• Pokemon

  • Legend of Zelda

  • Sonic

  • Kirby

  • Metal Gear Solid

  • Nintendo

  • Yoshi

  • Mario+

  • Game & Watch

  • Animal Crossing

  • Final Fantasy

  • Xenoblade

  • Retro/8-bit

  • Fatal Fury

  • Metroid

  • Ice Climbers

  • Kid Icarus

  • Bayonetta

  • Star Fox

  • Smash

  • Jungle/Donkey Kong

  • Pikmin

  • Persona

  • Games I know but can't classify

  • No clue 


Q1: How often do you play SSBU?

"Once a week or two weeks."

Q2: How would you describe your skill level in SSBU?



Sorted by Franchise/Company

  • Metroid

  • Misc. Non-Nintendo

  • Fire Emblem

  • F-Zero

  • Pokemon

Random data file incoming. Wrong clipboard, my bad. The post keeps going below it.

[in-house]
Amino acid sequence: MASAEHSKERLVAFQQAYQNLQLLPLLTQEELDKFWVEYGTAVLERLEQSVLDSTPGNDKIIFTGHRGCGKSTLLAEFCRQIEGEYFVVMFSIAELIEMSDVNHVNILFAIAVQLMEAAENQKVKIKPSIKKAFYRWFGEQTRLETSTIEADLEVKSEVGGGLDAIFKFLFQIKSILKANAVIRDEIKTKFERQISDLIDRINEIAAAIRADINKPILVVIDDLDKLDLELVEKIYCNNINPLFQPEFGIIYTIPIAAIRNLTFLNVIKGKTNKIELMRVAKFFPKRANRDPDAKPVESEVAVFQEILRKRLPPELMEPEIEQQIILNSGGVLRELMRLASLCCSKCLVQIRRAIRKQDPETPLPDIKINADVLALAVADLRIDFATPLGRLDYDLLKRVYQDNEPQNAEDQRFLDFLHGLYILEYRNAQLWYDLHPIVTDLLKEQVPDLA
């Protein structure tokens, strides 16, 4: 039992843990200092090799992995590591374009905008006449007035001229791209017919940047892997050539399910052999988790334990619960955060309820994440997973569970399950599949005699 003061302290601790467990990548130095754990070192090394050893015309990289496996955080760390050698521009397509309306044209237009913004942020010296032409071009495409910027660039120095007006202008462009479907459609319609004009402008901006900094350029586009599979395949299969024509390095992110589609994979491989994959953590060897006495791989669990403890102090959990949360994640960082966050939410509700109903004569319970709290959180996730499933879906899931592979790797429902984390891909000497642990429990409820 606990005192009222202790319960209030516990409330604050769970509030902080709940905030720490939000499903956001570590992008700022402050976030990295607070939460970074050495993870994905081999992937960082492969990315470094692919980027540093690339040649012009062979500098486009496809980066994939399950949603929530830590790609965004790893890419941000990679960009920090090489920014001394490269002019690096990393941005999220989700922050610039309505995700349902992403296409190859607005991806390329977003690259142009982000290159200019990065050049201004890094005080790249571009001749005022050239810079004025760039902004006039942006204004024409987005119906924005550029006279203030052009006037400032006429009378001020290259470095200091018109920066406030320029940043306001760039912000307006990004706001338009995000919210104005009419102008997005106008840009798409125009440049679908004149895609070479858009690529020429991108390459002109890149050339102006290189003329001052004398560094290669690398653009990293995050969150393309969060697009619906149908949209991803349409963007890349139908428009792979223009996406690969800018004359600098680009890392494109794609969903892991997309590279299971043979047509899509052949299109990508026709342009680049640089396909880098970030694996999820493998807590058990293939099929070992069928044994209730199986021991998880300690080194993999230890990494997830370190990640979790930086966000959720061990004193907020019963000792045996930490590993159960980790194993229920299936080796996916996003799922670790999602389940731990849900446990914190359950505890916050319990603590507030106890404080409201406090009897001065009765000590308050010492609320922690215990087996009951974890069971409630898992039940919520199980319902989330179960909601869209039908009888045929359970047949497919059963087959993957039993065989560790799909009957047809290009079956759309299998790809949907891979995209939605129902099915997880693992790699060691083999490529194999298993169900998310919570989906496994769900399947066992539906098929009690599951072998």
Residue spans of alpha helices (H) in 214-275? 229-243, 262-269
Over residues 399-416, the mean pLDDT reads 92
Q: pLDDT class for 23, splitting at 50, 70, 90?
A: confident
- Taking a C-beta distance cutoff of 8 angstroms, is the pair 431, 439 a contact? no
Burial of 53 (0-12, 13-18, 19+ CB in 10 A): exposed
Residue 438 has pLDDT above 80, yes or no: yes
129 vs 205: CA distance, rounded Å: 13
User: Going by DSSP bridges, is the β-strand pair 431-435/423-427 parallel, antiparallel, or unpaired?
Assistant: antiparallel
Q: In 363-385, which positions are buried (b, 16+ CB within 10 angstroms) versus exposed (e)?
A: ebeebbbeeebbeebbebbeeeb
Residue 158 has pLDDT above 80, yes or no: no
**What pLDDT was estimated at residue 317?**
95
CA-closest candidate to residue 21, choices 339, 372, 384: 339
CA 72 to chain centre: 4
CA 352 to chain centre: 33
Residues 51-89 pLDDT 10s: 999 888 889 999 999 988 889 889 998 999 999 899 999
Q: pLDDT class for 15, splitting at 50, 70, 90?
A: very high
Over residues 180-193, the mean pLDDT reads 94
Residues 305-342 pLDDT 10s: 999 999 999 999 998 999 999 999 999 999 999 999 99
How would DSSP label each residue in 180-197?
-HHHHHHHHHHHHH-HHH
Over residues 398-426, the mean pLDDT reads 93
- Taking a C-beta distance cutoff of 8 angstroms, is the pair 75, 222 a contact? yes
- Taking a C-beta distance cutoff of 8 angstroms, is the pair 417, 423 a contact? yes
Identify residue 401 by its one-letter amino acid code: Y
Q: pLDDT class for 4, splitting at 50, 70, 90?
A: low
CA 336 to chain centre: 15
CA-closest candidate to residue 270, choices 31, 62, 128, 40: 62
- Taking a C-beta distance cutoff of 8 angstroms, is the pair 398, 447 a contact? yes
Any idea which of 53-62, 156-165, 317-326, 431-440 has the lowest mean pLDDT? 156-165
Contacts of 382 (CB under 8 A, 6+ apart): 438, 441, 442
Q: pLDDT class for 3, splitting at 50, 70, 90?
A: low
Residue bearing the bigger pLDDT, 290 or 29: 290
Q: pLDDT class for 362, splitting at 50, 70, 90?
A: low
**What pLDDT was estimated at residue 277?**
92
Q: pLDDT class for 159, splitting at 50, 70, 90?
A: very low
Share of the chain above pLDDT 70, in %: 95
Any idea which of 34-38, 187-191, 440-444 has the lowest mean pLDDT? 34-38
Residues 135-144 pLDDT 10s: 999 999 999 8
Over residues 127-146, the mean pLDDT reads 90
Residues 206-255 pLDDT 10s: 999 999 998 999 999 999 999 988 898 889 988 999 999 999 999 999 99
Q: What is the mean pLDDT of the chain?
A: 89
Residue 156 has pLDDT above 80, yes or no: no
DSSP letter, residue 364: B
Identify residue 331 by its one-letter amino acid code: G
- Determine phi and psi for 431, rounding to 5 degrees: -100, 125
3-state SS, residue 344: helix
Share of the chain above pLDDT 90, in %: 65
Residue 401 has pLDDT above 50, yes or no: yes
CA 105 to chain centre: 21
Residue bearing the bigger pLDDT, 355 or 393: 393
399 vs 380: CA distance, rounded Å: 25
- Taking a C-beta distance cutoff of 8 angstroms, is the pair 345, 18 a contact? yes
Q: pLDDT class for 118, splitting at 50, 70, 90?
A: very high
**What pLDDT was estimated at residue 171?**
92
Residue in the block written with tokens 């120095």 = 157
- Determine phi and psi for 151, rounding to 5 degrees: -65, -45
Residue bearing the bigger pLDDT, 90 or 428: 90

• Animal Crossing

  • Smash

  • Misc. Nintendo

  • Star Fox

  • Big Hits of Nintendo

  • Mother

  • Wii/Mii

  • Legend of Zelda

  • Kirby


Sorted by Personal Opinion

  • S tier

  • A tier

  • C tier

  • D tier

  • F tier

  • Haven't played them

  • F- tier/garbage


Q1: How often do you play SSBU?

"Only thrice."

Q2: How would you describe your skill level in SSBU?

"Not good."


Sorted by Hazards

  • Has hazards

  • Does not have hazards


Sorted by Platforms

  • Has auto-changing platforms*

  • Does not have auto-changing platforms*

* Unfortunately, the photos of these card sort groups were lost

** Since this sort was alphabetical, no pictures were taken since the categories are fairly self-explanatory

From these card sort tests, I was able to establish two main takeaways:

  1. The most "neutral" method of organization is by franchise.